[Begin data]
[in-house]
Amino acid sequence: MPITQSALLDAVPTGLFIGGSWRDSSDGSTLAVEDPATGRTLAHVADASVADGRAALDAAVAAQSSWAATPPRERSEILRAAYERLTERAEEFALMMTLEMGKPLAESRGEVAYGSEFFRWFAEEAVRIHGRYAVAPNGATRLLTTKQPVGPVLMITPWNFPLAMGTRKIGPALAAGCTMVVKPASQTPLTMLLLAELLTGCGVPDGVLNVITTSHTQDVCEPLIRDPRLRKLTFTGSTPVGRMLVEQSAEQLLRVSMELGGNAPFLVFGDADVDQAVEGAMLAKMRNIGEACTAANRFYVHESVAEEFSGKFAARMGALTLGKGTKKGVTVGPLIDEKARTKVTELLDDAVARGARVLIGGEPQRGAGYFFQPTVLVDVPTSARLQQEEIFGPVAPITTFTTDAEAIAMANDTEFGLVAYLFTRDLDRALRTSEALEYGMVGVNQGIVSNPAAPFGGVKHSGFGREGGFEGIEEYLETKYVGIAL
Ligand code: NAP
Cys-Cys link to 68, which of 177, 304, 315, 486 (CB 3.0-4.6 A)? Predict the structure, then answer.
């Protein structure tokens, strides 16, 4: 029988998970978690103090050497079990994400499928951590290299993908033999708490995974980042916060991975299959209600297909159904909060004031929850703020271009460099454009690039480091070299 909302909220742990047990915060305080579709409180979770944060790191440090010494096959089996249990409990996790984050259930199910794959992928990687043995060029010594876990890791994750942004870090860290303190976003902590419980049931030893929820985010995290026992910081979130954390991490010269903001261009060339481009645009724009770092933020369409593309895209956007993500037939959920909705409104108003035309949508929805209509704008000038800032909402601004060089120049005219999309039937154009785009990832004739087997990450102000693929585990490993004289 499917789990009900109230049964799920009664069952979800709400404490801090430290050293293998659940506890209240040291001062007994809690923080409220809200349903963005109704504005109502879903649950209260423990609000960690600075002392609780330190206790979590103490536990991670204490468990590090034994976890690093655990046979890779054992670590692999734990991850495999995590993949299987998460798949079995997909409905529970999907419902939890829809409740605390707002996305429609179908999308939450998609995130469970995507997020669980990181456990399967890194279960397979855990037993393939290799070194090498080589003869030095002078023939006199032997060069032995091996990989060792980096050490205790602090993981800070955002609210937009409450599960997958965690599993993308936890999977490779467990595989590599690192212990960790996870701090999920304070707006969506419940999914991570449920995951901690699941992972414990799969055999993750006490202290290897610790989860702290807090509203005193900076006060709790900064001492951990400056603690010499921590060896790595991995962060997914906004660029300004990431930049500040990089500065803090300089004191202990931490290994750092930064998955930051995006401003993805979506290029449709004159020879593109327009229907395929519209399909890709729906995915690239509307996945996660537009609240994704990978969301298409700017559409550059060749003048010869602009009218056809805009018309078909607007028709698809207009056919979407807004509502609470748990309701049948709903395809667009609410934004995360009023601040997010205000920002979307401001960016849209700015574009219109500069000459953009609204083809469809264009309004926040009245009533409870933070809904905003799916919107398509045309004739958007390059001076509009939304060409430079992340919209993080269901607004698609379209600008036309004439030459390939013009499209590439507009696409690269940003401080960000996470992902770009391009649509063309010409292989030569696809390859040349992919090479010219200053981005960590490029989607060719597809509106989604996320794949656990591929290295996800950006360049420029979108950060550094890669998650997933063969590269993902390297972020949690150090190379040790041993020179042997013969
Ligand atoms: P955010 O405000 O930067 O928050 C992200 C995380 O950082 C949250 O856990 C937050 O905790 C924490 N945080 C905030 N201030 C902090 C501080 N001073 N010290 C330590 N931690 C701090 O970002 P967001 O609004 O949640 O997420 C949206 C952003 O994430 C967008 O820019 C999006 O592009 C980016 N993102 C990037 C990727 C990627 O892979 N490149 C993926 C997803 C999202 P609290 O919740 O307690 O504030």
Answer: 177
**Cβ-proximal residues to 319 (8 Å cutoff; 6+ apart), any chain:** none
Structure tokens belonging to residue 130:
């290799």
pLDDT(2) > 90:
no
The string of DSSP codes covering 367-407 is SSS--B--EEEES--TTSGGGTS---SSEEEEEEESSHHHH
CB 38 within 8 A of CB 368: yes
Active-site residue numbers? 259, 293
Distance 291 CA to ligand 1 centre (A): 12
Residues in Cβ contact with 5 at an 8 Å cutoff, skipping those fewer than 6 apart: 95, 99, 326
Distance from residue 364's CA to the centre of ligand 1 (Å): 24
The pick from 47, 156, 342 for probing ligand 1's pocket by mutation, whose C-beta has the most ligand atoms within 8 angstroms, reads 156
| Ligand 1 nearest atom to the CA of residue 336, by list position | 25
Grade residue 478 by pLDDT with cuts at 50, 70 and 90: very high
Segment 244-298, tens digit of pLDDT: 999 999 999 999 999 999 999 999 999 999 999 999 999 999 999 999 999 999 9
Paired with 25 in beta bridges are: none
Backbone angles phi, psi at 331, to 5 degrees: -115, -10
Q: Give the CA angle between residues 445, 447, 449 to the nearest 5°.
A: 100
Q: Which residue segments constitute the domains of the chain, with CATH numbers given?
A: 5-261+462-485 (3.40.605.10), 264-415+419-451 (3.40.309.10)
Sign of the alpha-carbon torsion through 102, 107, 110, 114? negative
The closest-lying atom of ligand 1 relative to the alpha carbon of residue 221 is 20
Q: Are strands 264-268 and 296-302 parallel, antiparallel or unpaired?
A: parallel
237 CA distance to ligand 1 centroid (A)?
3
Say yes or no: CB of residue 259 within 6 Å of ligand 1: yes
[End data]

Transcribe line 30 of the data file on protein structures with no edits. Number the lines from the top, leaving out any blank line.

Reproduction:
The closest-lying atom of ligand 1 relative to the alpha carbon of residue 221 is 20